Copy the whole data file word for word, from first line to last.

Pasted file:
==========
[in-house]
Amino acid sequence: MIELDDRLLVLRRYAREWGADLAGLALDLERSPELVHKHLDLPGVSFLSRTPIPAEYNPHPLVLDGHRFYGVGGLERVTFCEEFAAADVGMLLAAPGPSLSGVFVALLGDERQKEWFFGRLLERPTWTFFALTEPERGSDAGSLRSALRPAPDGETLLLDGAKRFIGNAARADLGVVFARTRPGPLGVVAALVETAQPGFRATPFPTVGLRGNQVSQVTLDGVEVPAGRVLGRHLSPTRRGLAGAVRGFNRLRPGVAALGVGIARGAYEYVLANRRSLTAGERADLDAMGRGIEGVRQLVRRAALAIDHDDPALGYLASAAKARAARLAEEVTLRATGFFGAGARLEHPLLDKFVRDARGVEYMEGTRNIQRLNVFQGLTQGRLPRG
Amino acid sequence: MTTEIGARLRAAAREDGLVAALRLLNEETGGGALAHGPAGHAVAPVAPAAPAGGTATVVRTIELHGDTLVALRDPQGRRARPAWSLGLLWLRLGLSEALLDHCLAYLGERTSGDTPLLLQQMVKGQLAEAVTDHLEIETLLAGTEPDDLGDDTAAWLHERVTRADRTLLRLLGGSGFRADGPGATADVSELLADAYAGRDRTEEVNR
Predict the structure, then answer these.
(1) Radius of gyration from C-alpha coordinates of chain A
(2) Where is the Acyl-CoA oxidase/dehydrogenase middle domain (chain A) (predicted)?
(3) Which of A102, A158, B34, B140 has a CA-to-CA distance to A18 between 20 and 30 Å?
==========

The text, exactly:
[in-house]
Amino acid sequence: MIELDDRLLVLRRYAREWGADLAGLALDLERSPELVHKHLDLPGVSFLSRTPIPAEYNPHPLVLDGHRFYGVGGLERVTFCEEFAAADVGMLLAAPGPSLSGVFVALLGDERQKEWFFGRLLERPTWTFFALTEPERGSDAGSLRSALRPAPDGETLLLDGAKRFIGNAARADLGVVFARTRPGPLGVVAALVETAQPGFRATPFPTVGLRGNQVSQVTLDGVEVPAGRVLGRHLSPTRRGLAGAVRGFNRLRPGVAALGVGIARGAYEYVLANRRSLTAGERADLDAMGRGIEGVRQLVRRAALAIDHDDPALGYLASAAKARAARLAEEVTLRATGFFGAGARLEHPLLDKFVRDARGVEYMEGTRNIQRLNVFQGLTQGRLPRG
Amino acid sequence: MTTEIGARLRAAAREDGLVAALRLLNEETGGGALAHGPAGHAVAPVAPAAPAGGTATVVRTIELHGDTLVALRDPQGRRARPAWSLGLLWLRLGLSEALLDHCLAYLGERTSGDTPLLLQQMVKGQLAEAVTDHLEIETLLAGTEPDDLGDDTAAWLHERVTRADRTLLRLLGGSGFRADGPGATADVSELLADAYAGRDRTEEVNR
Predict the structure, then answer these.
(1) Radius of gyration from C-alpha coordinates of chain A
(2) Where is the Acyl-CoA oxidase/dehydrogenase middle domain (chain A) (predicted)?
(3) Which of A102, A158, B34, B140 has a CA-to-CA distance to A18 between 20 and 30 Å?